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Niels Ebbesen and Germand Gladenswayne two ballads   By: (1859-1937)

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First Page:

GLADENSWAYNE

Transcribed from the 1913 Thomas J. Wise pamphlet by David Price, email ccx074@pglaf.org

NIELS EBBESEN AND GERMAND GLADENSWAYNE

TWO BALLADS

BY GEORGE BORROW

LONDON: PRINTED FOR PRIVATE CIRCULATION 1913

Copyright in the United States of America by Houghton , Mifflin & Co. for Clement Shorter .

NIELS EBBESEN.

All his men the Count collects, And from Slesvig marched away; Never such as host was seen Or before or since that day.

Into Denmark marched the Count, Followed by so fair a band; Banners twenty four they bore, Power like theirs might none withstand.

Gert the Count to Randers rode, To bad counsel lending ear; For from old it stood foretold, He should end there his career.

He would not the place avoid, But seemed bent to tempt his fate; Of the rural lords and thanes He the quarters up will beat.

Knights and freeborn men apart, There trooped eighteen thousand bows; Forty thousand made they all, Who could such a host oppose?

To Niels Ebbesen the Count Word to appear before him sent; And safe convoy him he gave, Which should doubt and fear prevent.

Gert the Count met Ebbesen North of Randers by the sea: “Welcome be, Niels Ebbesen! Say how matters stand with thee.”

To Niels stretched the Count his hand, And to parleying straight they go; There was little then of jest, And of dallying less, I trow.

“Sir Niels Ebbesen, thou art Welcome as the flowers in spring; How stand minds in North Jutland, Thence what tidings dost thou bring?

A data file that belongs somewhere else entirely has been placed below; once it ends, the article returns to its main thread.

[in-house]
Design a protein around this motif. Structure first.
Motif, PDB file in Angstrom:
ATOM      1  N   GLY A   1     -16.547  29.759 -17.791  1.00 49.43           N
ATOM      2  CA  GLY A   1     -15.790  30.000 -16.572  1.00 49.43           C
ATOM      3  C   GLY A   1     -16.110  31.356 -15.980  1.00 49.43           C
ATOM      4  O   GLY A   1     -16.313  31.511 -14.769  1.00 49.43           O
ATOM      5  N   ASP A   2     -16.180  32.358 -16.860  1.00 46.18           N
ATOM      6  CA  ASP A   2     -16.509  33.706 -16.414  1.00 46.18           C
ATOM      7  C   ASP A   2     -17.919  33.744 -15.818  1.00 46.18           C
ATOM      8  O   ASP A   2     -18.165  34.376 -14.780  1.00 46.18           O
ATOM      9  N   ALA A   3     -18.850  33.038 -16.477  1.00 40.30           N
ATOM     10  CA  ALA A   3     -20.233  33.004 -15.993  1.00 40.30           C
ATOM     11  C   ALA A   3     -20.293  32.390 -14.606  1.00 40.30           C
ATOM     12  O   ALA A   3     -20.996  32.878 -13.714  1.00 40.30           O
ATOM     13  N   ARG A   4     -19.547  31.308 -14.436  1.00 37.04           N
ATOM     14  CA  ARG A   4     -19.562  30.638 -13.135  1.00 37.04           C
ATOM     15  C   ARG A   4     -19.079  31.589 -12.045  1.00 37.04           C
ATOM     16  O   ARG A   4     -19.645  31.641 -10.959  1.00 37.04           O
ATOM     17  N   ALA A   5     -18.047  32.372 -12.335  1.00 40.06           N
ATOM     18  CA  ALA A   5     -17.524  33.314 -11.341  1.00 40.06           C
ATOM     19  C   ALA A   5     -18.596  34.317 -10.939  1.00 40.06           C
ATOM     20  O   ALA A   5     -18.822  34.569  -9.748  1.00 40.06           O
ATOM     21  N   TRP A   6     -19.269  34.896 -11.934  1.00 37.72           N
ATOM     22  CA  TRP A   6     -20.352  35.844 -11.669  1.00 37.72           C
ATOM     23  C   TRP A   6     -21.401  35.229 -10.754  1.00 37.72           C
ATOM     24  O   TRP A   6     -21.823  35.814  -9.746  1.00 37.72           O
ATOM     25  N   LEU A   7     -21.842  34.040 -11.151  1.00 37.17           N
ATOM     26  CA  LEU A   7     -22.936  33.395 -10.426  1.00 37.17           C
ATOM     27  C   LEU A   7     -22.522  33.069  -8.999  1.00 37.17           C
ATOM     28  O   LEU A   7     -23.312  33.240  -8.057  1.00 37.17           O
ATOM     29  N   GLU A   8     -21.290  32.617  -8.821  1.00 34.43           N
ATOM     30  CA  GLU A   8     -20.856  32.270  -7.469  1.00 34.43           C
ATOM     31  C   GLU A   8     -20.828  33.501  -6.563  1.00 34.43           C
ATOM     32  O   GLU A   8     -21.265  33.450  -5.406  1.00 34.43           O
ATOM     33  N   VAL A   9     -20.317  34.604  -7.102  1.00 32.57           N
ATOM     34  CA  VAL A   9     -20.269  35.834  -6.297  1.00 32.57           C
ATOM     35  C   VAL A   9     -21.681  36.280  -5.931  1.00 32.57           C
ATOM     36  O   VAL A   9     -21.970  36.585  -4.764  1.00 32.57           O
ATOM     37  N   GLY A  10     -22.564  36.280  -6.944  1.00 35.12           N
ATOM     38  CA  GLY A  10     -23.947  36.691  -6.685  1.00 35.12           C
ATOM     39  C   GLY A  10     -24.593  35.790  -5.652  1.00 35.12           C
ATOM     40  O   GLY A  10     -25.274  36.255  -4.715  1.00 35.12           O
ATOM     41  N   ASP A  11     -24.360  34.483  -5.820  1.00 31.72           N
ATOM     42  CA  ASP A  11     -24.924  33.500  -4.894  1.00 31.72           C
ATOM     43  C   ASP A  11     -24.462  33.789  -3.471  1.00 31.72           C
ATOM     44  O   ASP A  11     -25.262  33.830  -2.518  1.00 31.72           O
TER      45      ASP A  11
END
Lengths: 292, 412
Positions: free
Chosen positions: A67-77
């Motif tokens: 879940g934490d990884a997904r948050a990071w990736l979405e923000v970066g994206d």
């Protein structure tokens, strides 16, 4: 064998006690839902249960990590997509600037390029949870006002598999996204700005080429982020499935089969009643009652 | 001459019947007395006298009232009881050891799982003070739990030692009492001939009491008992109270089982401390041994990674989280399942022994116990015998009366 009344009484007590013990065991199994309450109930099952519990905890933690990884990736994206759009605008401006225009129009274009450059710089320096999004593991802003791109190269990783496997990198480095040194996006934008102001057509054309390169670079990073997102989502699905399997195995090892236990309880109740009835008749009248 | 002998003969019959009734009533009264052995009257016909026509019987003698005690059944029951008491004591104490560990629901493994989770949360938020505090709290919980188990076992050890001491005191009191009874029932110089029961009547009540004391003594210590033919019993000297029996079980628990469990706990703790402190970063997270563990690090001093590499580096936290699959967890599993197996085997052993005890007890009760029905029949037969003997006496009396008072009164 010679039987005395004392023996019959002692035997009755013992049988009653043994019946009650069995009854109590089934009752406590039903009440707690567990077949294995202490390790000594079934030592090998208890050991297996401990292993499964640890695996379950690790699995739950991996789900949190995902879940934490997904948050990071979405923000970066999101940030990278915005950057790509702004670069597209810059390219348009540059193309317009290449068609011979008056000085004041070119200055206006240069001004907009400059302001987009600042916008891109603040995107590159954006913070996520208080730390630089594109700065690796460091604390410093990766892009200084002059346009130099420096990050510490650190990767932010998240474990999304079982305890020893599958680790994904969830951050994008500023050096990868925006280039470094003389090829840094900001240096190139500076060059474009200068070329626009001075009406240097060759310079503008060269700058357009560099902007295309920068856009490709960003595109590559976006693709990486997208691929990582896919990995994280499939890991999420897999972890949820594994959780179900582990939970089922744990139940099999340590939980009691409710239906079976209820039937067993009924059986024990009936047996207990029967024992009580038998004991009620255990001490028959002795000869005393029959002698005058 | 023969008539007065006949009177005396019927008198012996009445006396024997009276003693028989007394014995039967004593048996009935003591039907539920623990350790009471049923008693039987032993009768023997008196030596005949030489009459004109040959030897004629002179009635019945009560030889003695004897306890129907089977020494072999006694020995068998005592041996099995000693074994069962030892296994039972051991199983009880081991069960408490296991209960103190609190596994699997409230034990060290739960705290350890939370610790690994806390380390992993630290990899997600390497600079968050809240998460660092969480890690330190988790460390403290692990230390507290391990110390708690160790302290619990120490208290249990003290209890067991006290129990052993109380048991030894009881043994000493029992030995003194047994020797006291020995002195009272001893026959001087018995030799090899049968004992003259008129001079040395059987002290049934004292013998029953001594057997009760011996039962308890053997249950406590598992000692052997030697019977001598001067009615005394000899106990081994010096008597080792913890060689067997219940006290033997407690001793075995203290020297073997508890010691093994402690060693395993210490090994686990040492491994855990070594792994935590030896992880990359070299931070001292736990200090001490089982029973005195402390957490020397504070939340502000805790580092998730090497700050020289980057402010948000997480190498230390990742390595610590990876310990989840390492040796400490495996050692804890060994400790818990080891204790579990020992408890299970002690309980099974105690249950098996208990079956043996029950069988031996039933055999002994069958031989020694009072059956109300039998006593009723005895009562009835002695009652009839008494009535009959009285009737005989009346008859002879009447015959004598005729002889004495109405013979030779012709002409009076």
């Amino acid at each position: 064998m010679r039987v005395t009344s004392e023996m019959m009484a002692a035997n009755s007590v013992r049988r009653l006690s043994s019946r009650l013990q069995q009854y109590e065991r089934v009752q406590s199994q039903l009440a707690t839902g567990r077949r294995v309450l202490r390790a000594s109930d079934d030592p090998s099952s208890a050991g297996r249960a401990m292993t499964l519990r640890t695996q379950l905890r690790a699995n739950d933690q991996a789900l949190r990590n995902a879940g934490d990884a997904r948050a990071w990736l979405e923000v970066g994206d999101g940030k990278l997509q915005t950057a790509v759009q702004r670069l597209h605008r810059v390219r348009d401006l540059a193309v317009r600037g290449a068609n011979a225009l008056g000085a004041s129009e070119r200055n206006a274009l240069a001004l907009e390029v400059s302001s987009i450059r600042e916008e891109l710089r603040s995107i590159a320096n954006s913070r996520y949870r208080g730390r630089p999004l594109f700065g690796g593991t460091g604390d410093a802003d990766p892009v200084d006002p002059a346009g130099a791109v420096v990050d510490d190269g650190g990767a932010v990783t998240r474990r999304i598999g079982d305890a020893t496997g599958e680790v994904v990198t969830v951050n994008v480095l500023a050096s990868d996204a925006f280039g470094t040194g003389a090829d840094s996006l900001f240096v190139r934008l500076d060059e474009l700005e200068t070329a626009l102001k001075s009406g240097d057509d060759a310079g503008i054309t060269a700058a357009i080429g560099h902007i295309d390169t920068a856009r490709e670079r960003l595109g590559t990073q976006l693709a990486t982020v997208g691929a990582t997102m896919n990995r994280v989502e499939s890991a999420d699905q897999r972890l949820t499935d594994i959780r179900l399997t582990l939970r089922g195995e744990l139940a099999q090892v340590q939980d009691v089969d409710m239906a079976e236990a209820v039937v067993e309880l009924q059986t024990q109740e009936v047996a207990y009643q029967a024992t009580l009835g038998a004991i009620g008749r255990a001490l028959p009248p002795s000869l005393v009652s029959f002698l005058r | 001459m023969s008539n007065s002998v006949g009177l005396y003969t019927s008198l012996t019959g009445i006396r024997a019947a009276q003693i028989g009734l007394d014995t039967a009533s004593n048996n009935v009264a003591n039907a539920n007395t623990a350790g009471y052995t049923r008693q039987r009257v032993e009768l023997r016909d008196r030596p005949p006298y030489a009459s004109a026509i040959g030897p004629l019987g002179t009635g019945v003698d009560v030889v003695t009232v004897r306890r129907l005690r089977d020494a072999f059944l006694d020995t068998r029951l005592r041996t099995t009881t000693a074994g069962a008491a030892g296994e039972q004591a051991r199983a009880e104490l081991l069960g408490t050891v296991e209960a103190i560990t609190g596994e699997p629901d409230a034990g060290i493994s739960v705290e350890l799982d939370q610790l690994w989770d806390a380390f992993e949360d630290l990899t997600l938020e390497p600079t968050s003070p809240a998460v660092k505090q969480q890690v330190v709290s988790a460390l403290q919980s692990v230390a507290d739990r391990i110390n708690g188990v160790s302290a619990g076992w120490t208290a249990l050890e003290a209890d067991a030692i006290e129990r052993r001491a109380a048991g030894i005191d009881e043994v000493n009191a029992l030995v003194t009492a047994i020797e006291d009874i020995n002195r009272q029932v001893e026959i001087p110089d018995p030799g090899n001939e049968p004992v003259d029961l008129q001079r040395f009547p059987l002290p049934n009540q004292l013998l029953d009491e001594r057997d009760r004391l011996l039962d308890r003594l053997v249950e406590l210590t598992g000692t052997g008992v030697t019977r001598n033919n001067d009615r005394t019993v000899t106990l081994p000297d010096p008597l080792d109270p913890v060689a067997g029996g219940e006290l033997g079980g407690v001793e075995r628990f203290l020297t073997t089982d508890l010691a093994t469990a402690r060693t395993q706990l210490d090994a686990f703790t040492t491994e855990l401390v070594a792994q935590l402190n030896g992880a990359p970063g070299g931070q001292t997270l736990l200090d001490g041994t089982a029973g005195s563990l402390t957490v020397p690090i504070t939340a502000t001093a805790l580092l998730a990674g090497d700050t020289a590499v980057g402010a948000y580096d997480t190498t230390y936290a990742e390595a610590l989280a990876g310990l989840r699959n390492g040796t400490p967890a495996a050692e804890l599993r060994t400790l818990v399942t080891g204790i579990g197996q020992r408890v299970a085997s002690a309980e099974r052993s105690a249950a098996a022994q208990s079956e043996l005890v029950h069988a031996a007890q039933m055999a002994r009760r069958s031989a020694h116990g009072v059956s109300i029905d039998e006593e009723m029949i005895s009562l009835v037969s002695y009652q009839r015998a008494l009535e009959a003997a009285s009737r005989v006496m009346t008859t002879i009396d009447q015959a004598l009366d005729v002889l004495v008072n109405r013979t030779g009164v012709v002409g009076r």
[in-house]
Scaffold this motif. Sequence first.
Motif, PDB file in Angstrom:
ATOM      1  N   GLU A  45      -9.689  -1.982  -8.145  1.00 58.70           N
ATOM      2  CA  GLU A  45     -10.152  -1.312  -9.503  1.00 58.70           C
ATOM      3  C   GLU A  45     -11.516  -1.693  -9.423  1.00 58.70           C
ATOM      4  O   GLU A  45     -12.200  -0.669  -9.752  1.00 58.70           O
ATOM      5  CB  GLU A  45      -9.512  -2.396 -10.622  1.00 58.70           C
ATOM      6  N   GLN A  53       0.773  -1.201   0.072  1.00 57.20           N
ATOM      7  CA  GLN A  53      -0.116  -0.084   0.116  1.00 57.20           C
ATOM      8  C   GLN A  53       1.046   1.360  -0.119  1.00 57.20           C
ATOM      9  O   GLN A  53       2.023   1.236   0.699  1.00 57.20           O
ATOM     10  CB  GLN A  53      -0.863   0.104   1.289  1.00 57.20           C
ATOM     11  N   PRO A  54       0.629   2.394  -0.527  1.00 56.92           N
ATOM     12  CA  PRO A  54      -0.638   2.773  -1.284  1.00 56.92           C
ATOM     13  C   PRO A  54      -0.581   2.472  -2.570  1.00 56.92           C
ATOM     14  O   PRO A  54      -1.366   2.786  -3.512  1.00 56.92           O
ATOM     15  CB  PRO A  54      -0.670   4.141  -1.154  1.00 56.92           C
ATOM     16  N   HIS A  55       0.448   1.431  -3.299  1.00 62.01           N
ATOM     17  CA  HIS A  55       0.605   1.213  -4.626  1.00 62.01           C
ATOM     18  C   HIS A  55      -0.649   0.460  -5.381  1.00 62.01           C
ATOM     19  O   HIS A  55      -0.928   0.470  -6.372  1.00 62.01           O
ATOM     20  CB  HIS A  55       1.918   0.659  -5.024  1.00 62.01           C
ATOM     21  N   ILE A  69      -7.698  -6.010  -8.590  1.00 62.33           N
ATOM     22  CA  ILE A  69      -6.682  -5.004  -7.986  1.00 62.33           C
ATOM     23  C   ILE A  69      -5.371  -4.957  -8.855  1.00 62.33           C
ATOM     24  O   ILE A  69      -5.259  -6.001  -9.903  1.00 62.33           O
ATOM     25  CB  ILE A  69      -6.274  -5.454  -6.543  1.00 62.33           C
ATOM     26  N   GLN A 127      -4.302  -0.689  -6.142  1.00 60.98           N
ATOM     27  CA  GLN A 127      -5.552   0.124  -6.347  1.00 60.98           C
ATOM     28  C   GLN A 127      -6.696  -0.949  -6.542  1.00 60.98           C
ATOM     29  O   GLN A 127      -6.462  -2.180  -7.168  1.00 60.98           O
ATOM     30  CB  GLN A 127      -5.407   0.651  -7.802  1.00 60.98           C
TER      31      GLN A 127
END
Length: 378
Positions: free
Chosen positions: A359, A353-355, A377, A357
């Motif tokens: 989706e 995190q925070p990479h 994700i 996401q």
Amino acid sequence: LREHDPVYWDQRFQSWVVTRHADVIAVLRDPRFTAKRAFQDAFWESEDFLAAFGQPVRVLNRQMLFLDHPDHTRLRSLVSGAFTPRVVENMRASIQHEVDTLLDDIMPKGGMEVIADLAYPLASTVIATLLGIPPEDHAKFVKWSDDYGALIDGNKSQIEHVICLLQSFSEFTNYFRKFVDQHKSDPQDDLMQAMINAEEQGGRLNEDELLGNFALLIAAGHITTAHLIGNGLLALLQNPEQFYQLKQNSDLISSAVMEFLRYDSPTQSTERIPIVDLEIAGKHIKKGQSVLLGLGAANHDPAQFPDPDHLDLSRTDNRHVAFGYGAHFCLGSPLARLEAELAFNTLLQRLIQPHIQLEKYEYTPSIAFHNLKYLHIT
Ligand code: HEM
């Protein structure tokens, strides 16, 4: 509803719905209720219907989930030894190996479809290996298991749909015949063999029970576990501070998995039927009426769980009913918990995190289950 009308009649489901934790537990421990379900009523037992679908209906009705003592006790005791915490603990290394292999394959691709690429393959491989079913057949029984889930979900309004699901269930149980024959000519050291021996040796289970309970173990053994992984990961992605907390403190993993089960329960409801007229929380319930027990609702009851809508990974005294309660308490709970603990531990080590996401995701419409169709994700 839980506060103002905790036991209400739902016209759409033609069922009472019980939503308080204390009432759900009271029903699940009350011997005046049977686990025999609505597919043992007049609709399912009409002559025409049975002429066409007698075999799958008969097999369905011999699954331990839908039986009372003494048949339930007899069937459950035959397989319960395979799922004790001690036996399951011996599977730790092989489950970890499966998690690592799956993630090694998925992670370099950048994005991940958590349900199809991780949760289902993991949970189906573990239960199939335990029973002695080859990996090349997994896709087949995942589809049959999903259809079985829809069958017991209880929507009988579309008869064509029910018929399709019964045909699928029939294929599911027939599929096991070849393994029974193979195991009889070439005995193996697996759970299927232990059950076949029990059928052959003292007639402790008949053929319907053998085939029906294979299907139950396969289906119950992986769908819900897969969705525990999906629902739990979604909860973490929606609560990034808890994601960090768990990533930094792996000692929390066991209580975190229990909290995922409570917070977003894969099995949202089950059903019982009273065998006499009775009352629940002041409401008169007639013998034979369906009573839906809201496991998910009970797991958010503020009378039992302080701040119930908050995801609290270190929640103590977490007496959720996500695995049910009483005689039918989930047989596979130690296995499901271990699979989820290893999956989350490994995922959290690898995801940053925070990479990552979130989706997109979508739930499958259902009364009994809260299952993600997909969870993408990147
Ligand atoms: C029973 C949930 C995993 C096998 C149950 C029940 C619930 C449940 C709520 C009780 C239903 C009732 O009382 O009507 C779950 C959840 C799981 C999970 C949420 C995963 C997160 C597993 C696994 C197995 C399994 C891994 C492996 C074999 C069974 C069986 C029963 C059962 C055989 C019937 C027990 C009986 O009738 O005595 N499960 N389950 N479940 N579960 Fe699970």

“Say how all thy wealthy friends And thy heart’s loved lady are; Which dost wish for at my hands, Smiling peace, or bloody war?”

“Well stand minds in North Jutland, Each man’s courage there’s erect; Say, dost come as friend or foe? What from thee may we expect?

“I have kindred in the North, Men of wealth and noble race; Shouldst thou it require of them They’ll be ready for thy Grace.”

“Wise art thou, Niels Ebbesen, And thy prudence none can doubt; When thou canst not straightway hit Widely then thou ridst about.

“Hear thou, Sir Niels Ebbesen, Thou must on mine errand ride; Say, how many men thou hast Brought, on whom thou mayst confide?”

“Kindred, Sir, I have, and friends, ’Mongst the hardy Jutlanders; Willingly they follow me To the stormy strife of spears.

“I have brought, such as they are, With me thirty mounted men; Be they fewer, or be they more, Dear are they to Ebbesen.”

“Hast thou with thee thirty lads? That seems but a scanty force; Yester e’en at Sir Bugge’s Gate Stood’st thou with a hundred horse.”

Backward Ebbesen recoiled, And with high flushed cheek replied: “He nor knight nor gentleman Is, who me hath thus belied.

“Be it man or woman who To my face dares that to say, Till I’ve answered suitably, Ne’er from him I’ll flinch away.”

“Hear thou, dear Niels Ebbesen, We thereof will talk no more; To thy friend Sir Bugge ride, Him to serve me true win o’er.”

“If your errand I shall do, And to Bugge bold repair, From thy part what I’m to say First to me thou must declare.”

“Bugge bold has me defied, Young Poul Glob has done the same; Anders Frost makes one of them, Him your Chief ’tis said ye name.

“And e’en thou, Niels Ebbesen, Certain courtiers hast with thee, Who have eaten of my bread, And have basely quitted me.

“First there is young Eske Frost, And his stalwart brothers two; Without leave of mine obtained, From my service they withdrew.

“More there are whom I’ve obliged, And who pay me now no heed; If to Bugge’s rede you list Soon ye’ll see how you will speed... Continue reading book >>




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